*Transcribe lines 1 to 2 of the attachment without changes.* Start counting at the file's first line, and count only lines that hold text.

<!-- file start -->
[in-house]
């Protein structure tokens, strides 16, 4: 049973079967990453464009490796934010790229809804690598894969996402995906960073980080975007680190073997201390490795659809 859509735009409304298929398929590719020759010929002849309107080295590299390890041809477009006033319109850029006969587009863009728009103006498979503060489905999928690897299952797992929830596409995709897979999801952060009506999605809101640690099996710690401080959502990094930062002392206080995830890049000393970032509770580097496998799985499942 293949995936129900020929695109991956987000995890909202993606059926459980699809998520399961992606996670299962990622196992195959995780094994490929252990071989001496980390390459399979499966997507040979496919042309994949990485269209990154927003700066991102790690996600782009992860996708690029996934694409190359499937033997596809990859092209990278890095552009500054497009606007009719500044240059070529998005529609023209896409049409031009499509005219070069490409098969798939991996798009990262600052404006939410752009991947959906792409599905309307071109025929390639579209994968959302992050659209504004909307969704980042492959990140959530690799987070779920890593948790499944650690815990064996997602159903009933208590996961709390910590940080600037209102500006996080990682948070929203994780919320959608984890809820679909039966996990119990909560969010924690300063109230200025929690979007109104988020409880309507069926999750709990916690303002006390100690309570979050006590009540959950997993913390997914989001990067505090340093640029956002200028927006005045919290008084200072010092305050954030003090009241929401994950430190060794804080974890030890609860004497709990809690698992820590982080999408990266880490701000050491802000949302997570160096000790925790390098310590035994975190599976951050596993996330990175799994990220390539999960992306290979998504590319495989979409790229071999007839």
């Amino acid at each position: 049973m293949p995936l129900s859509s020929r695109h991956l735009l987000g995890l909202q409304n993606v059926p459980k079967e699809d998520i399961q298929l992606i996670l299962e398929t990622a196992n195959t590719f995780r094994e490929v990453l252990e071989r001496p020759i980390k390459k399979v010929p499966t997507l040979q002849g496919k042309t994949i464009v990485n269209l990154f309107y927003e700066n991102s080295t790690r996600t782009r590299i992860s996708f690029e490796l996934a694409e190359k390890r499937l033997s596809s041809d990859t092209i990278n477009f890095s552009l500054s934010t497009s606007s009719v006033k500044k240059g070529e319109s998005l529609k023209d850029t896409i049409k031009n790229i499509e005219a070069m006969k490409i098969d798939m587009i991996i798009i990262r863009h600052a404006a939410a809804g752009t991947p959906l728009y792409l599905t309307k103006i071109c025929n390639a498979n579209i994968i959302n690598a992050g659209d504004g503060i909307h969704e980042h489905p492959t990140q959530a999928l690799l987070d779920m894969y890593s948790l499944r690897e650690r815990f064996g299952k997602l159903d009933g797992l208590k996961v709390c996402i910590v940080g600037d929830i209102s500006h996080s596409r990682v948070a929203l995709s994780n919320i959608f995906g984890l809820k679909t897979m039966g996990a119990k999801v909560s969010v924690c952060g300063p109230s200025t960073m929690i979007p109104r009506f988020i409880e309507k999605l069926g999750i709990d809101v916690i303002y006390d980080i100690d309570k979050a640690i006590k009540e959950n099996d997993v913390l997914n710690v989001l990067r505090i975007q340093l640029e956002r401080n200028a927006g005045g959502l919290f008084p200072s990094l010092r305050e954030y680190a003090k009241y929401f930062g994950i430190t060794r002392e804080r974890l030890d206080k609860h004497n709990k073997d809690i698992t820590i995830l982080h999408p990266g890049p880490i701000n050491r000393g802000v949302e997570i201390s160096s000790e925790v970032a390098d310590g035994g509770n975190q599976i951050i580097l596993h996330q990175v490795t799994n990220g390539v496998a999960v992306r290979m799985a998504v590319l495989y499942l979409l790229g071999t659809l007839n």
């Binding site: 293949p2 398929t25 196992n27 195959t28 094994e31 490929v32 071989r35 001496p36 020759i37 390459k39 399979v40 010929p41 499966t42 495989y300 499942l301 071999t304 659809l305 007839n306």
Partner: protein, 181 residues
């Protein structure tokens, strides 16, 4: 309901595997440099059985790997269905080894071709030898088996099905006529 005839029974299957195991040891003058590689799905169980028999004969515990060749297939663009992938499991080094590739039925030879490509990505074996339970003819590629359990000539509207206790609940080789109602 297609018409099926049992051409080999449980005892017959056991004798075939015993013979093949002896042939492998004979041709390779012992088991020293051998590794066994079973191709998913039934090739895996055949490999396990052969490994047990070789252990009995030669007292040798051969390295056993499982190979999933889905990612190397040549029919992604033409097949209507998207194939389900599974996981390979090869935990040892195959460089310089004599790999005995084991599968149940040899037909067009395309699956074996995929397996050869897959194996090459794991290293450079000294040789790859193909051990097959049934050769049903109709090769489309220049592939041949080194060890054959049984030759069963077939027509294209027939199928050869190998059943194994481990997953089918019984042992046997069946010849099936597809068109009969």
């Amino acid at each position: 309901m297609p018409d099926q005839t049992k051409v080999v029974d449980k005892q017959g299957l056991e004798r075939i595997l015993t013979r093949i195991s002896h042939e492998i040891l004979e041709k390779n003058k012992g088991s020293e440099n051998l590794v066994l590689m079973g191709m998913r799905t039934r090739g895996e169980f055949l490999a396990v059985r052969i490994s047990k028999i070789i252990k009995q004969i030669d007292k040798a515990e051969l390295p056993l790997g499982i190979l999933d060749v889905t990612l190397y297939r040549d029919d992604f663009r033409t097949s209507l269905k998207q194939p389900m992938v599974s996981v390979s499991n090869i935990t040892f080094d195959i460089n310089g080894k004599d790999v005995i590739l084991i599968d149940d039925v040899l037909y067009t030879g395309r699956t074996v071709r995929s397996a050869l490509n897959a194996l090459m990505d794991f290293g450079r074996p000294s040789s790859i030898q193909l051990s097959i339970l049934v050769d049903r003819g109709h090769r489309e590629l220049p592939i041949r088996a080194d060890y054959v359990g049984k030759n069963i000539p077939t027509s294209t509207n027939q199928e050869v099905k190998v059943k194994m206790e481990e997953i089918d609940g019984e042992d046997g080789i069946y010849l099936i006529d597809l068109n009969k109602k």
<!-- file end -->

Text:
[in-house]
């Protein structure tokens, strides 16, 4: 049973079967990453464009490796934010790229809804690598894969996402995906960073980080975007680190073997201390490795659809 859509735009409304298929398929590719020759010929002849309107080295590299390890041809477009006033319109850029006969587009863009728009103006498979503060489905999928690897299952797992929830596409995709897979999801952060009506999605809101640690099996710690401080959502990094930062002392206080995830890049000393970032509770580097496998799985499942 293949995936129900020929695109991956987000995890909202993606059926459980699809998520399961992606996670299962990622196992195959995780094994490929252990071989001496980390390459399979499966997507040979496919042309994949990485269209990154927003700066991102790690996600782009992860996708690029996934694409190359499937033997596809990859092209990278890095552009500054497009606007009719500044240059070529998005529609023209896409049409031009499509005219070069490409098969798939991996798009990262600052404006939410752009991947959906792409599905309307071109025929390639579209994968959302992050659209504004909307969704980042492959990140959530690799987070779920890593948790499944650690815990064996997602159903009933208590996961709390910590940080600037209102500006996080990682948070929203994780919320959608984890809820679909039966996990119990909560969010924690300063109230200025929690979007109104988020409880309507069926999750709990916690303002006390100690309570979050006590009540959950997993913390997914989001990067505090340093640029956002200028927006005045919290008084200072010092305050954030003090009241929401994950430190060794804080974890030890609860004497709990809690698992820590982080999408990266880490701000050491802000949302997570160096000790925790390098310590035994975190599976951050596993996330990175799994990220390539999960992306290979998504590319495989979409790229071999007839």